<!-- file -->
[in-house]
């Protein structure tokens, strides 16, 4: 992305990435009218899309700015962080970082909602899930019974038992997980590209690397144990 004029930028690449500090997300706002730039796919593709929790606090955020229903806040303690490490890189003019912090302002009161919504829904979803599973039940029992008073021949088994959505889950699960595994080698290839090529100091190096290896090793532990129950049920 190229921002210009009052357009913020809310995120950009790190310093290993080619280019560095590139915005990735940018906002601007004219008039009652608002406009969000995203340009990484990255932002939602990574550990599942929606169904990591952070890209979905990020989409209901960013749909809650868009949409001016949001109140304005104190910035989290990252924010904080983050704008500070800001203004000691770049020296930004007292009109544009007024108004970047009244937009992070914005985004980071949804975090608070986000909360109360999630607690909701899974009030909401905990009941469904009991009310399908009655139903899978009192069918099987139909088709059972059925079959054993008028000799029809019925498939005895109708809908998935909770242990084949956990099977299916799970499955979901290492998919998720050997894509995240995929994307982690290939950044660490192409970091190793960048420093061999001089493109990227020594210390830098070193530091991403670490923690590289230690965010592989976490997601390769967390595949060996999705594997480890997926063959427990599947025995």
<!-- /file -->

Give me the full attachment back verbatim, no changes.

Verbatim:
[in-house]
């Protein structure tokens, strides 16, 4: 992305990435009218899309700015962080970082909602899930019974038992997980590209690397144990 004029930028690449500090997300706002730039796919593709929790606090955020229903806040303690490490890189003019912090302002009161919504829904979803599973039940029992008073021949088994959505889950699960595994080698290839090529100091190096290896090793532990129950049920 190229921002210009009052357009913020809310995120950009790190310093290993080619280019560095590139915005990735940018906002601007004219008039009652608002406009969000995203340009990484990255932002939602990574550990599942929606169904990591952070890209979905990020989409209901960013749909809650868009949409001016949001109140304005104190910035989290990252924010904080983050704008500070800001203004000691770049020296930004007292009109544009007024108004970047009244937009992070914005985004980071949804975090608070986000909360109360999630607690909701899974009030909401905990009941469904009991009310399908009655139903899978009192069918099987139909088709059972059925079959054993008028000799029809019925498939005895109708809908998935909770242990084949956990099977299916799970499955979901290492998919998720050997894509995240995929994307982690290939950044660490192409970091190793960048420093061999001089493109990227020594210390830098070193530091991403670490923690590289230690965010592989976490997601390769967390595949060996999705594997480890997926063959427990599947025995």